With bio-dynamic, organic and sustainable wine options available, you can taste and sample your way through Italian reds and whites, with a strong focus on varietals from Sicily, Tuscany and Sardinia. Hungry? Oh you’ll be happy with the fare here. Sample three salumi for $35 (the nduja, a spicy, spreadable sausage, is divine) or go the ever-classic cheese route with five options including taleggio, pecorino romano and gorgonzola. As for mains, tuck into sandcrab and prawn linguini ($29) or a duck pappardelle ($27). Be sure to pop this one on your date night list.

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    1889 Enoteca

    This Brisbane old dame has been around for many years, doing quiet, sophisticated and exceptionally good Italian fare. With plenty of outside dining for the warmer months and lots of cosy indoor spots for those chilly winter nights, Enoteca should definitely be on your rotation. The fact that it features a restaurant, a wine bar, a basement cellar for private dining (it’s a must do if you have a big group) and a small wine store is also a drawcard, obviously.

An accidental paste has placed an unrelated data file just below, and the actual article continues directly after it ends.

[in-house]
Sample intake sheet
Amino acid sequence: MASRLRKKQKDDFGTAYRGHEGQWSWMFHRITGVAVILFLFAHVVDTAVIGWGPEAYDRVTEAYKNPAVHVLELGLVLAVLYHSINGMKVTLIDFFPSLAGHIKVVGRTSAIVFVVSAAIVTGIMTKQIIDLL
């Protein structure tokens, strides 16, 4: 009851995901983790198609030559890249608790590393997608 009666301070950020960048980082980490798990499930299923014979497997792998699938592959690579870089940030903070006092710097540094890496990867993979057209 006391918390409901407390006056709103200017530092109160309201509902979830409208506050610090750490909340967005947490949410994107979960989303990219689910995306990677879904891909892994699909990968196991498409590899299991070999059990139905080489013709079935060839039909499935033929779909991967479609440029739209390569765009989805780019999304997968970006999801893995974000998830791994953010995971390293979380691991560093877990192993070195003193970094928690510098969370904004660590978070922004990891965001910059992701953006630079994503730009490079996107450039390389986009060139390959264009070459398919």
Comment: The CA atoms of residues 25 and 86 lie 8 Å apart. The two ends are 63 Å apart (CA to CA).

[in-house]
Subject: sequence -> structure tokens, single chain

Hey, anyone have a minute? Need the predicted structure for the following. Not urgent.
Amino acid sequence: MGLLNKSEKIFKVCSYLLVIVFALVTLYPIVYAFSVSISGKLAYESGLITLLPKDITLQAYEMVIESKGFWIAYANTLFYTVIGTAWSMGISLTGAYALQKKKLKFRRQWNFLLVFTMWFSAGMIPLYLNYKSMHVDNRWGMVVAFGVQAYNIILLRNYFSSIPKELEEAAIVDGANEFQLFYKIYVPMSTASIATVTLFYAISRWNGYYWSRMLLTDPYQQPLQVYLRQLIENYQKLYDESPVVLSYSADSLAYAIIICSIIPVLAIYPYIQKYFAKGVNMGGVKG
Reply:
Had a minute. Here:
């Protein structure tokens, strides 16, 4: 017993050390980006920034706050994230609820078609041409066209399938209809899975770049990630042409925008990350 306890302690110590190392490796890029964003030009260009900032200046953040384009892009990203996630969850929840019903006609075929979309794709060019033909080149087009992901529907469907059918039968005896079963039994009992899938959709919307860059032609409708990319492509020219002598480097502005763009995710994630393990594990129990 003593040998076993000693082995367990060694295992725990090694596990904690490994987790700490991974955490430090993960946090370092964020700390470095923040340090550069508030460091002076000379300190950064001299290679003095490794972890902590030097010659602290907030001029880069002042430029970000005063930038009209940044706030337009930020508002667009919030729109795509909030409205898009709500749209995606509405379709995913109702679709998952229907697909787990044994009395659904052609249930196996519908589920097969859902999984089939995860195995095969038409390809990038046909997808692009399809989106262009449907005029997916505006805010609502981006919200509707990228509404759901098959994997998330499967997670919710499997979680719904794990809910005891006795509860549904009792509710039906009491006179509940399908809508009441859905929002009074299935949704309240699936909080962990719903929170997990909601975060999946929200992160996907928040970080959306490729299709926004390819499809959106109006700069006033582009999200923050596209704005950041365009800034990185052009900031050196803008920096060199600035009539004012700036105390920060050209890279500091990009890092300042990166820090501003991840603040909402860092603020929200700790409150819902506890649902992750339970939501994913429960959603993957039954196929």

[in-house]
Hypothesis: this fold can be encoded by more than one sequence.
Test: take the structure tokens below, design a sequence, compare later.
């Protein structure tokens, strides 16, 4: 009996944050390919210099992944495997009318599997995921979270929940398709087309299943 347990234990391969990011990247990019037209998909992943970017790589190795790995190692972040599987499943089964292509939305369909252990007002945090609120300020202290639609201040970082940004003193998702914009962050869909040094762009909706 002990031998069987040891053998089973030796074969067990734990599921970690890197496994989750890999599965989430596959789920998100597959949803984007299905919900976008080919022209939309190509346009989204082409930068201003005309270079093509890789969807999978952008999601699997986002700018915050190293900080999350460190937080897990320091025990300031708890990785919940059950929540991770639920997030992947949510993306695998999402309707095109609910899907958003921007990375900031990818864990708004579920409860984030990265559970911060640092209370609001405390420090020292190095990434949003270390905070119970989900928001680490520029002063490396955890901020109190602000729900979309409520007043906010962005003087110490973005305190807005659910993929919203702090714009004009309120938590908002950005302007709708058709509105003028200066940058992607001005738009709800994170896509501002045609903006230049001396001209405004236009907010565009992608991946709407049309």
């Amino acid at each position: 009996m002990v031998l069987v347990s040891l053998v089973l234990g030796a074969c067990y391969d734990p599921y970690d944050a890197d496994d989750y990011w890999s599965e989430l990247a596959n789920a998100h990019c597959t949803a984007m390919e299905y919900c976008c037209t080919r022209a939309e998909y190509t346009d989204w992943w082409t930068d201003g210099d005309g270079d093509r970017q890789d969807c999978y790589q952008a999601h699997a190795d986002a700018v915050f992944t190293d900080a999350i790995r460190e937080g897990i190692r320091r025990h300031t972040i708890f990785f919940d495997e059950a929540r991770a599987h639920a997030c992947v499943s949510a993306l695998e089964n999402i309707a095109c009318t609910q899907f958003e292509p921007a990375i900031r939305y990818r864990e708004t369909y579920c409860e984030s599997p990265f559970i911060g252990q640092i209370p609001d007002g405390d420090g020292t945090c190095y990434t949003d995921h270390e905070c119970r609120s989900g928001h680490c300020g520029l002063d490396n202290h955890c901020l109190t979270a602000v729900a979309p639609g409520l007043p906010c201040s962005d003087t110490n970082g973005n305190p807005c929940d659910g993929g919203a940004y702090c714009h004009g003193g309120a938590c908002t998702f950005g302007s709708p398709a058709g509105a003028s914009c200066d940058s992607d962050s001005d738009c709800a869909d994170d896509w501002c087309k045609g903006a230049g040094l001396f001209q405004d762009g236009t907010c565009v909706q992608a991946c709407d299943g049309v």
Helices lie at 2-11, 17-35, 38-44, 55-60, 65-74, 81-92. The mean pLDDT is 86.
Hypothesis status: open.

Naturally, their vino selection is an absolute cracker, boasting a strong focus on wines that are made naturally or bio-dynamically. Owner and wine list curator Dan Clark takes a lot of pride in his task, and his picks are (of course) the perfect complement to their stunning food. Enjoy wines by the glass or the bottle — there’s an array of excellent options for both, and each segment of the wine list has a brief introduction to the region. Oh, and if you book a 6pm table from Tuesday to Friday, you get a complimentary bottle of Bibi Graetz red or white wine with the purchase of a main meal. Bonus.

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    Claret House

    With a name like Claret House, you’d expect that this bar does a pretty special number on the wine front, and you’d be right. Housed in Teneriffe’s Woolstore building, the interior is all warmth and wood, with stools aplenty for pulling up a seat and working your way through their formidable vino selection. Thanks to its outdoor tables, you can also venture outside and have a social, swill-filled evening.